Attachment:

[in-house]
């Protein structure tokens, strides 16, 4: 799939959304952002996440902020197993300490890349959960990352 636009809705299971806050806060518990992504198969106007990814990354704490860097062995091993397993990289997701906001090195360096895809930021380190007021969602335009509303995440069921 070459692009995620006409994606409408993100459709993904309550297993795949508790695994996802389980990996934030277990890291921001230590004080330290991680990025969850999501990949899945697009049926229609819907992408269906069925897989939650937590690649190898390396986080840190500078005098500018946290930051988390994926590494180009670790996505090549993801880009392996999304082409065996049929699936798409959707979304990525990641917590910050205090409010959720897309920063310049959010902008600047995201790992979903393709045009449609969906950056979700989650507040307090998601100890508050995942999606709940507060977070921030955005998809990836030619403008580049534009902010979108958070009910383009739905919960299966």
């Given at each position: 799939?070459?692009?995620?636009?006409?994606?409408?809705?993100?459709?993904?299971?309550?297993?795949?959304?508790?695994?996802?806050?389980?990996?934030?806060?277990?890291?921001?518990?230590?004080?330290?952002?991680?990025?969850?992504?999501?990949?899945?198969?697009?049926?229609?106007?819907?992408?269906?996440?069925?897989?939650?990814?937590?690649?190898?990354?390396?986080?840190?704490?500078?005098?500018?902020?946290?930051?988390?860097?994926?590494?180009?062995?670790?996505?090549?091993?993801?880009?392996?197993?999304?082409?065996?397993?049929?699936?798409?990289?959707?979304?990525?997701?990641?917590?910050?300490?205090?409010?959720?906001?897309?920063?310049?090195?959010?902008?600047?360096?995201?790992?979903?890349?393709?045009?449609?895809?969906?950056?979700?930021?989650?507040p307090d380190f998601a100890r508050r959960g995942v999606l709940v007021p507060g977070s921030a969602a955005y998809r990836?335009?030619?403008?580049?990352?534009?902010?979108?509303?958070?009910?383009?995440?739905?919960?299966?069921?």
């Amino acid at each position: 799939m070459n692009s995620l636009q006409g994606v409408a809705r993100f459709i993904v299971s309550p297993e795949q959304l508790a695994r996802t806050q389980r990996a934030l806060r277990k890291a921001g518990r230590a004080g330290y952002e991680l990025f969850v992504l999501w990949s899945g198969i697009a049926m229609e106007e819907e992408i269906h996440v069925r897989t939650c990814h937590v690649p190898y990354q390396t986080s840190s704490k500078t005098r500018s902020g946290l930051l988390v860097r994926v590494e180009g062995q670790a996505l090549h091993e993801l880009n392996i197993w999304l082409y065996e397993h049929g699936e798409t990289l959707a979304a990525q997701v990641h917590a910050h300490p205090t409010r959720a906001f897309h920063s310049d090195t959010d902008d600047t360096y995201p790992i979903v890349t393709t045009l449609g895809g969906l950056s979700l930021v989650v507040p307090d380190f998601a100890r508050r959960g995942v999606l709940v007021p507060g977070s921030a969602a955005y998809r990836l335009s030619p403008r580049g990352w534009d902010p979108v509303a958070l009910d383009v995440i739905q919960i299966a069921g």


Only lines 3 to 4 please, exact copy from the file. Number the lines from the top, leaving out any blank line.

């Given at each position: 799939?070459?692009?995620?636009?006409?994606?409408?809705?993100?459709?993904?299971?309550?297993?795949?959304?508790?695994?996802?806050?389980?990996?934030?806060?277990?890291?921001?518990?230590?004080?330290?952002?991680?990025?969850?992504?999501?990949?899945?198969?697009?049926?229609?106007?819907?992408?269906?996440?069925?897989?939650?990814?937590?690649?190898?990354?390396?986080?840190?704490?500078?005098?500018?902020?946290?930051?988390?860097?994926?590494?180009?062995?670790?996505?090549?091993?993801?880009?392996?197993?999304?082409?065996?397993?049929?699936?798409?990289?959707?979304?990525?997701?990641?917590?910050?300490?205090?409010?959720?906001?897309?920063?310049?090195?959010?902008?600047?360096?995201?790992?979903?890349?393709?045009?449609?895809?969906?950056?979700?930021?989650?507040p307090d380190f998601a100890r508050r959960g995942v999606l709940v007021p507060g977070s921030a969602a955005y998809r990836?335009?030619?403008?580049?990352?534009?902010?979108?509303?958070?009910?383009?995440?739905?919960?299966?069921?």
């Amino acid at each position: 799939m070459n692009s995620l636009q006409g994606v409408a809705r993100f459709i993904v299971s309550p297993e795949q959304l508790a695994r996802t806050q389980r990996a934030l806060r277990k890291a921001g518990r230590a004080g330290y952002e991680l990025f969850v992504l999501w990949s899945g198969i697009a049926m229609e106007e819907e992408i269906h996440v069925r897989t939650c990814h937590v690649p190898y990354q390396t986080s840190s704490k500078t005098r500018s902020g946290l930051l988390v860097r994926v590494e180009g062995q670790a996505l090549h091993e993801l880009n392996i197993w999304l082409y065996e397993h049929g699936e798409t990289l959707a979304a990525q997701v990641h917590a910050h300490p205090t409010r959720a906001f897309h920063s310049d090195t959010d902008d600047t360096y995201p790992i979903v890349t393709t045009l449609g895809g969906l950056s979700l930021v989650v507040p307090d380190f998601a100890r508050r959960g995942v999606l709940v007021p507060g977070s921030a969602a955005y998809r990836l335009s030619p403008r580049g990352w534009d902010p979108v509303a958070l009910d383009v995440i739905q919960i299966a069921g």